Uncle Rass hadn't been back since school started almost a month and a half ago, or, really, much that summer either. All the paperwork the Doctor had needed signed for the start of the year had been on the fax machine in the office one morning a couple months ago, and the allowance from his parents' trust every other week was enough to keep him in food and movie rentals and sometimes a dime bag.

(Sorry Mom and Dad.)

Since freshman year -- the year after his parents died -- there'd been a rumor he was an emancipated minor, which wasn't too far from the truth, except there was a piece of paper in some office somewhere that named Uncle Rass as his legal guardian.

But it didn't matter, nobody's parents factored in much to the movies he loved, unless it was to drop them off at detention or forget their birthdays or something.

In his case, his were dead, which was probably a good story, even if his therapist said it was compartmentalizing or distancing or some shit to look at it that way. And Uncle Rass was just there to -- what? Pay the utilities? The mortgage? Did this house have a mortgage?

None of it was worth thinking about really.

It would be nice though, on Monday mornings like this, with the rain and the October chill setting in, to have someone make him his oatmeal, a cup of coffee, something warm.

Or, well, even if his mom had been around, she probably wouldn't have made him coffee -- too worried about stunting his growth. Would he have cleared that hurdle in her eyes? 6'1" -- that was pretty tall, surely she wouldn't think the caffeine would hurt now? He was only, what, 5'7" when they'd ... well, since she'd seen him; it was hard to say what she'd think of him -- his height -- now.

Maybe he'd bring that to therapy, should be good for the hour, a rambling conversation on caffeine intake and its impacts on human height.

It would be better than talking about his unwillingness to make close friends other than Donna again, at any rate.


Tuesday, lunch hour, and his car won't start.

It's just his luck, really, because Tuesday is the one day of the week that the computer club meets in the library, which means he can't get online, and it's the one day of the week that Donna has a lunchtime student council meeting.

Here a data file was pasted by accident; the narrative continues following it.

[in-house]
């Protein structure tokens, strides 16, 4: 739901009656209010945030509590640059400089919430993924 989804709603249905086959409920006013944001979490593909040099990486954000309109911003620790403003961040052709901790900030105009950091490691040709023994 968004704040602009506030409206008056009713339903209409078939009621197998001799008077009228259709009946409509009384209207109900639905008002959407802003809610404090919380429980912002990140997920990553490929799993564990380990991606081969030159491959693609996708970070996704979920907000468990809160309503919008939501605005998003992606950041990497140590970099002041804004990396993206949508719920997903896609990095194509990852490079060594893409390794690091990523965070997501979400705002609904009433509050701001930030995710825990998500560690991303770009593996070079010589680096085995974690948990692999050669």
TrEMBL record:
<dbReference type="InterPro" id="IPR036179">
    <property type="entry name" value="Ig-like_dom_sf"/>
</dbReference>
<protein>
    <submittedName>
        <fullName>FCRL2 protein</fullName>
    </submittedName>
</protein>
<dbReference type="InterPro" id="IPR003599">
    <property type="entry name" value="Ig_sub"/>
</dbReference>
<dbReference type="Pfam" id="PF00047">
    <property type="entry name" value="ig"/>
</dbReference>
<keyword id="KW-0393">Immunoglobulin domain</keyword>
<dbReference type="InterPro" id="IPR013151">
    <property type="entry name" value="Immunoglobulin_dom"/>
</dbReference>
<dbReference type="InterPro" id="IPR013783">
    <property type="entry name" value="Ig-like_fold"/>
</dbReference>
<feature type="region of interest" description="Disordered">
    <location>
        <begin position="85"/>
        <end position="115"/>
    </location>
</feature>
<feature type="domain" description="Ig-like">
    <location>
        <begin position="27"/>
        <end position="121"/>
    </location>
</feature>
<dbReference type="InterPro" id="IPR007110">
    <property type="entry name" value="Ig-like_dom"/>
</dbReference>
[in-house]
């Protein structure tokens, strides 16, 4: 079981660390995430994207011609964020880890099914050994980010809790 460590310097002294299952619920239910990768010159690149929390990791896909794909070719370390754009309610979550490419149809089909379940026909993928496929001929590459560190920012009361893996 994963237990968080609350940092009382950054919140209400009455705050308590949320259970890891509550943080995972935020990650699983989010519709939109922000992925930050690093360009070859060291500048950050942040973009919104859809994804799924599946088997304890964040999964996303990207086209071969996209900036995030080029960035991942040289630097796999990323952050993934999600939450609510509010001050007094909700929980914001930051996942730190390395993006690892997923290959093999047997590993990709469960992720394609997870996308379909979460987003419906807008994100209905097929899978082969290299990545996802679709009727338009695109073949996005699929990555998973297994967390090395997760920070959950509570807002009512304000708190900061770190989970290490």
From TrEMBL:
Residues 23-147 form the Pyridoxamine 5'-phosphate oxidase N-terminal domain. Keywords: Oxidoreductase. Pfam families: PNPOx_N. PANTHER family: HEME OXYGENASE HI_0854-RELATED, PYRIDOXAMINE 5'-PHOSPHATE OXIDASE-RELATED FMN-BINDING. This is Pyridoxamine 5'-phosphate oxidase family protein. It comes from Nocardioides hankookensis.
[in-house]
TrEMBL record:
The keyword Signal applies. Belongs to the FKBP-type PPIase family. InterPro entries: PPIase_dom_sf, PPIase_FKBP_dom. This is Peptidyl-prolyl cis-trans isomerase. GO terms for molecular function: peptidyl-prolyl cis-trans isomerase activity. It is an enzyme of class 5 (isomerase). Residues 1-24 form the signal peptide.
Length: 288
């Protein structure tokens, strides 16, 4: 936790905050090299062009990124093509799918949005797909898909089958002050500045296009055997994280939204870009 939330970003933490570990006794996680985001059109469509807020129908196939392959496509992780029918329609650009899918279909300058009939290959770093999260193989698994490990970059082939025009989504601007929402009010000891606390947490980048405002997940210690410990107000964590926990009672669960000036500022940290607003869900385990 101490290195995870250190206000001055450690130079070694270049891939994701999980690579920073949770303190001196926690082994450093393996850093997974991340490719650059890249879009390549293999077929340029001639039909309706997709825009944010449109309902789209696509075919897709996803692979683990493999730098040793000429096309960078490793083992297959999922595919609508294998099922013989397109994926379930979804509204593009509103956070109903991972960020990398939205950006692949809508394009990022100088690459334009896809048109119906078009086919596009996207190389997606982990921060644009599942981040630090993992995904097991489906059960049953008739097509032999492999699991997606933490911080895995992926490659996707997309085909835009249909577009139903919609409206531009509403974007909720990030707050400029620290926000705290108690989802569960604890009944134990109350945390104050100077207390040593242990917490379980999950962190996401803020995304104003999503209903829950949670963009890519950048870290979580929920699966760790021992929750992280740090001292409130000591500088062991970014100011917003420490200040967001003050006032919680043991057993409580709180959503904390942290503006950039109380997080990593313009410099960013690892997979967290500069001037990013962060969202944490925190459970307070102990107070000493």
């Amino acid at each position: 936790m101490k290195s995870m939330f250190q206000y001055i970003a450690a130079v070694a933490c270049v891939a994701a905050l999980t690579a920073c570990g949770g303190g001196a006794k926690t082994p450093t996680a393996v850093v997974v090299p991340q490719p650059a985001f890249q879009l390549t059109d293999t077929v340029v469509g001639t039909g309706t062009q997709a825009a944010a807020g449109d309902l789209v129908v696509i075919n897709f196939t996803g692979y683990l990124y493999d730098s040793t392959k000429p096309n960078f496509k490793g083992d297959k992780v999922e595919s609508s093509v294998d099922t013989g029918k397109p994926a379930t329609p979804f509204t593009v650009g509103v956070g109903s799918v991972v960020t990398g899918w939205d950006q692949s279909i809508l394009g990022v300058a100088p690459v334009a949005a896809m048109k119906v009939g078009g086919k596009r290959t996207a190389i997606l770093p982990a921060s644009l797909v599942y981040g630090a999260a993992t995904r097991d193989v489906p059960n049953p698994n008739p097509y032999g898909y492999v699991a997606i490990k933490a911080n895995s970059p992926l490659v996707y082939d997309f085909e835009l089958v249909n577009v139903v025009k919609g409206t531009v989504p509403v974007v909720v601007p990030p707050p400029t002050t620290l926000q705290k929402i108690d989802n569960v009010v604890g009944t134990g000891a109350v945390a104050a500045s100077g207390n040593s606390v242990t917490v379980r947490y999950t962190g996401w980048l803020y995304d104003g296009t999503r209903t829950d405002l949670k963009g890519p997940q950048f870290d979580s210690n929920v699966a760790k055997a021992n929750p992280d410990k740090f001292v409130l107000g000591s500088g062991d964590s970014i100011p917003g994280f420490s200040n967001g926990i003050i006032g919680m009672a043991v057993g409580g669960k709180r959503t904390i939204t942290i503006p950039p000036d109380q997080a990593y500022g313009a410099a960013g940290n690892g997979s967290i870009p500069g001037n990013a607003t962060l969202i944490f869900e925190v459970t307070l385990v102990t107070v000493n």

He could go to the library and just read, or he could crash Donna's meeting -- it wouldn't be the first time for either -- but he was really looking forward to hitting the mall for lunch. Well, the music store in the mall, new albums today and all.

He could walk to the comic book shop or to McDonald's, but he might not make it back in time for the start of fifth period and Mr. Van Statten's a complete asshole about tardies unless you're on the football team.

So that leaves the library, Donna's meeting, or getting someone to give him a jump. It's definitely just the battery, and it's definitely his own fault, he probably drained it powering that satellite hack experiment.

Brain power to wow the SAT people for days, and he still couldn't figure out a way to get the premium channels for free. And now his car is dead. First thing after school, he's just calling and adding Cinemax, Uncle Rass probably doesn't even look at the cable bill, probably has people that pay it for him.

With a sigh, he troops away from his car, only to run straight into Jack Harkness a few steps later, narrowly avoiding a second collision with Rose Tyler standing at Jack's side.

"Dude," Jack says.

"Sorry, man," he returns, both aware that he's participating in some bizarre high school boy exchange and powerless to stop it.

"It's cool. Aren't you taking her out?" Jack says, tapping the hood of the Doctor's car. "If I had a car like this, I'd never stop driving." His eyebrows draw down and he looks at the black smudge on his fingertip. "And I'd take better care of her, Jesus, do you ever wash this thing?" He rubs the dirt between his thumb and index finger for a moment before wiping it on his jeans.

"Of course I do," the Doctor says, gazing proudly at the blue car he'd spent years stealing from his dad for joyrides and then just straight inherited when he died. "And then I get her dirty again."

In between them, Rose gives Jack a shove.

"Hey! What was that for?"

Rose raises her eyebrows. "For the thing you were just gonna say about dirty girls."

"I do love 'em," Jack says and winks at the Doctor.

"Right," the Doctor says, inching slowly away from Jack and Rose. It isn't that he dislikes them, it's just -- high school. Cliques and stuff.

But Rose's voice stops him. "Hey, we were going to the mall, if you wanna come?"

The Doctor looks around, they were clearly talking to him, but it's, like, this doesn't happen, pretty girls and the probable Prom King don't just invite him to the mall.

Unless ... oh, ohhhhh, of course, he's seen this movie, he's seen all these movies. It's a prank. He hadn't thought people really did that stuff in real life, and not to him, at least. He wasn't popular, but he wasn't unpopular, and there wasn't supposed to be any fun in picking on the faceless masses in the middle, right?

"Oooh-kay," Rose says, drawing him out of his thoughts. "Or not, if you're just gonna stand there being weird."

If he really thinks about it, Rose and Jack aren't the type to pull pranks anyway or ... not the kind that hurt other people. He's seen Jack's bare ass enough times in pep assemblies to know he's fine pulling pranks. And Rose, she's always been nice to him, even if he wasn't in her orbit much.